The microwave oven is now an essential part of most kitchens. During the summer or other hot times of the year, it’s an excellent appliance to use because it won’t heat up your kitchen the way an oven will. Unfortunately, most people still use the microwave to heat coffee, melt butter or make popcorn. That’s just fine – but the appliance can do so much more!
How the Oven Works
The microwave works when the high voltage is converted to waves of electromagnetic energy, which is a combination of electrical and magnetic energy. This energy is in the frequency band of radio waves, not x-rays. A wave guide and stirrer blade work together to make sure the energy reaches all areas of the oven interior. When the door is opened or the timer reaches zero, the energy automatically stops, so no microwave radiation leaves the oven. All ovens also have two independent systems that ensure the electrical activity stops as soon as the door is opened.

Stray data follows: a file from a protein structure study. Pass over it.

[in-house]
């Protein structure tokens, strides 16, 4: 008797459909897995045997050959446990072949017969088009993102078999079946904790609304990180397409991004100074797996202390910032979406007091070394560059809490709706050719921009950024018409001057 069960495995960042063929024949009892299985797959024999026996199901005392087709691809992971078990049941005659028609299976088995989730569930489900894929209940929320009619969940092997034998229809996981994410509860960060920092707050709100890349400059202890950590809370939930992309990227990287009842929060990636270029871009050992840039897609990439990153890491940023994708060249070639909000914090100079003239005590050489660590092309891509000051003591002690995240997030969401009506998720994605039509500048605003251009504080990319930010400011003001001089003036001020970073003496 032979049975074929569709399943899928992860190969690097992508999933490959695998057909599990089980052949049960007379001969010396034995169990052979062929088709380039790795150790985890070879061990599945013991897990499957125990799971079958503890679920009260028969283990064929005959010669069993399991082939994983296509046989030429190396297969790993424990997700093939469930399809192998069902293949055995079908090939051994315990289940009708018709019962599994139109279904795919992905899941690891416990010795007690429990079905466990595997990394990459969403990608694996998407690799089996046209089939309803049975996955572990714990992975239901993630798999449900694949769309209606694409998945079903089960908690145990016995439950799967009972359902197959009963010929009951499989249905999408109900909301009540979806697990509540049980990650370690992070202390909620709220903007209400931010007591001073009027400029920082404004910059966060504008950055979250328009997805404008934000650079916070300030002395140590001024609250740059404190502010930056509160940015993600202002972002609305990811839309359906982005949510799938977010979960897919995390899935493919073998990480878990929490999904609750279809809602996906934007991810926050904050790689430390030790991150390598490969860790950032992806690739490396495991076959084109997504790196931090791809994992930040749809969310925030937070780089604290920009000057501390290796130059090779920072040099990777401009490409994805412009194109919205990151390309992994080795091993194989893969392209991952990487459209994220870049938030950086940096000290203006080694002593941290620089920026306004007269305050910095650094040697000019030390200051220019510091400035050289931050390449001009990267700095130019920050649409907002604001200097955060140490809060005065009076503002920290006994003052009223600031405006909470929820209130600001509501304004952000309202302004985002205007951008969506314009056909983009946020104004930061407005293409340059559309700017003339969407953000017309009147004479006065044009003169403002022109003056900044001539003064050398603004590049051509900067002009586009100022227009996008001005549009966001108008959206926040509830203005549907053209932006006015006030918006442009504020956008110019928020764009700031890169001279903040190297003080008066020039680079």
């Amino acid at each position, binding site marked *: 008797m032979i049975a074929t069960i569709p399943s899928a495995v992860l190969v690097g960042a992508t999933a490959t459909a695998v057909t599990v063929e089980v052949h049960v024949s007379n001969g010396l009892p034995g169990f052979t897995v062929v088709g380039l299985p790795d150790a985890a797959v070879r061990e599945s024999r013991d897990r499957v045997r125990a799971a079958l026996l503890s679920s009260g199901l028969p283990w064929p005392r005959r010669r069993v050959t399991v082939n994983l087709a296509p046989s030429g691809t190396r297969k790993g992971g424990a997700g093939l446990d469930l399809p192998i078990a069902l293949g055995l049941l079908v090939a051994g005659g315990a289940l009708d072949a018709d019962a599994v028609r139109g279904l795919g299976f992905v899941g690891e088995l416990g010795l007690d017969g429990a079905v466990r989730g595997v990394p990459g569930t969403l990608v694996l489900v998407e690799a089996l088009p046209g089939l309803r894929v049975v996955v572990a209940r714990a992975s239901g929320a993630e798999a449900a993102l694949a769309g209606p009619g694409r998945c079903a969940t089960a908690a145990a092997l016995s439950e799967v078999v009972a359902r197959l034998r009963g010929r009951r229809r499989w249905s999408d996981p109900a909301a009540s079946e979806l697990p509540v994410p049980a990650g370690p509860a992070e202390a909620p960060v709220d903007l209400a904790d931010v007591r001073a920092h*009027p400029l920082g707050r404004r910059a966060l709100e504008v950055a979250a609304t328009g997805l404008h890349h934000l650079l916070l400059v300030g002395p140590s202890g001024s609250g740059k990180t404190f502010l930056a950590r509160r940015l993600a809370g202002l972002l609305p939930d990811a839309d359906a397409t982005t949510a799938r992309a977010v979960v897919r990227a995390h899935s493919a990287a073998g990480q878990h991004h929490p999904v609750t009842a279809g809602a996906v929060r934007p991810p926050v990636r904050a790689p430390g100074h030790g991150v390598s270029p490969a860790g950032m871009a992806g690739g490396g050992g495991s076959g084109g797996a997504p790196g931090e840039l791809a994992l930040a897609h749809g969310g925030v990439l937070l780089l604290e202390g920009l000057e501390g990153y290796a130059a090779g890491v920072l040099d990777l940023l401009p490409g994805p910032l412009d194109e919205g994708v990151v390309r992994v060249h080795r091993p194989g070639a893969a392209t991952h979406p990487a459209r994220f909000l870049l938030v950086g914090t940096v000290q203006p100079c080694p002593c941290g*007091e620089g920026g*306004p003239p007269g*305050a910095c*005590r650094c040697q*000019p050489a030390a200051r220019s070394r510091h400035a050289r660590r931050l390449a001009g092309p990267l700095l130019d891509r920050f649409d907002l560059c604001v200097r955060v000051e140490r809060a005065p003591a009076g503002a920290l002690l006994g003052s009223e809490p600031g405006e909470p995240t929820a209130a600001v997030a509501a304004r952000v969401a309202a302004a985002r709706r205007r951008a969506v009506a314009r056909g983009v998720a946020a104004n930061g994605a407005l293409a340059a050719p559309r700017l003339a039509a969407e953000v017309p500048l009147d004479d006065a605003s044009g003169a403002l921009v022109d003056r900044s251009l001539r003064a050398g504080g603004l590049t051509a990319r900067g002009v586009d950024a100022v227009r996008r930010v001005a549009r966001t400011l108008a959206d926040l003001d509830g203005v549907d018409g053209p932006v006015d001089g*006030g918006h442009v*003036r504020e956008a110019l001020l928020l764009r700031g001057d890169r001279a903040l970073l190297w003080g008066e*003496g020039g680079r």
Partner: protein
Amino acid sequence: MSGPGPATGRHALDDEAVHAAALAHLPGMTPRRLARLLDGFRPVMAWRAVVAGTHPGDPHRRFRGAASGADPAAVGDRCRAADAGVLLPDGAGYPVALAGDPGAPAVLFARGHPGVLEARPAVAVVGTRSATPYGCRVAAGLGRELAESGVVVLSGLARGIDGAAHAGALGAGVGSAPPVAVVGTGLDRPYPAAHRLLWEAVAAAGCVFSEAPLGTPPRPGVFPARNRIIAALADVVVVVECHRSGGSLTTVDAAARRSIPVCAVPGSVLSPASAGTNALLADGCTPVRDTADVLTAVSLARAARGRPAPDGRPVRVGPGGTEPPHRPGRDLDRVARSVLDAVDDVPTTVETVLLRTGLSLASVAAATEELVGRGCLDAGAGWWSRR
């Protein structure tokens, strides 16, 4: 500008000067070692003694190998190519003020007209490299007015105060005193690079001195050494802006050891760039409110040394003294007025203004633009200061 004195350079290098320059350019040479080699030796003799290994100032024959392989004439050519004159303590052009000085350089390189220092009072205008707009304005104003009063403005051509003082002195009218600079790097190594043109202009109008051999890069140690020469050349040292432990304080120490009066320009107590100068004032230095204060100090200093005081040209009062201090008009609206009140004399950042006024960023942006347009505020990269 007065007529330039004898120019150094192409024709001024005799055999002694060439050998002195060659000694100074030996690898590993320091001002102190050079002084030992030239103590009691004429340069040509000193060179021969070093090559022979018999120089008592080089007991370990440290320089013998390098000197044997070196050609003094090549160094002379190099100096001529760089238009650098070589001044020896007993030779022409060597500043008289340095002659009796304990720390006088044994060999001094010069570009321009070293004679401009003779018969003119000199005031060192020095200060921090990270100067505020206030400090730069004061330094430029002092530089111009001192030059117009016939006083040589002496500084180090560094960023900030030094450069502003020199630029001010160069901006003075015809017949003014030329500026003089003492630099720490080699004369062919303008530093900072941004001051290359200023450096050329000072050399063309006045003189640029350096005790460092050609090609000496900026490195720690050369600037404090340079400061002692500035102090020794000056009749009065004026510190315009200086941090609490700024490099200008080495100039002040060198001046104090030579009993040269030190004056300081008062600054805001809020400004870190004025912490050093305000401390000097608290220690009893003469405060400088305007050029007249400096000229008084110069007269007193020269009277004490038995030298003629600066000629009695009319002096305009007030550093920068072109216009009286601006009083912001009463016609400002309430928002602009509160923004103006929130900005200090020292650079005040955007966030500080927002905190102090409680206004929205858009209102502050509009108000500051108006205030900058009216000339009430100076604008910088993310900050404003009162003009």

The microwaves make the water molecules contained in food vibrate and ‘wiggle’, which produces heat. This is what cooks the food, and also why the oven itself doesn’t heat up. That’s why foods that have a lot of water, like fruits and vegetables, cook more quickly. Foods high in fat and sugar also cook more quickly. Metal reflects the microwaves, and the energy passes through glass, plastic and paper. As soon as the microwave energy is absorbed by the food, it is converted to heat – so the microwave energy can’t ‘contaminate’ the food.
Although heat is produced directly in the food, microwave energy doesn’t cook food from the inside out. More dense foods like meat are cooked primarily by conduction of heat from the outer layers, which are heated by microwaves.
In combination microwave/convention ovens, you’ll notice that the interior is metal. A convection oven’s special feature is a fan that constantly circulates hot air around the food, so it cooks more quickly and browns very evenly. Follow the cooking instructions to the letter if you have one of these appliances.
Never try to repair your own microwave. It is a complex appliance that includes a magnetron, high voltage transformer, thermal protectors, and complicated circuits.
By Linda Larsen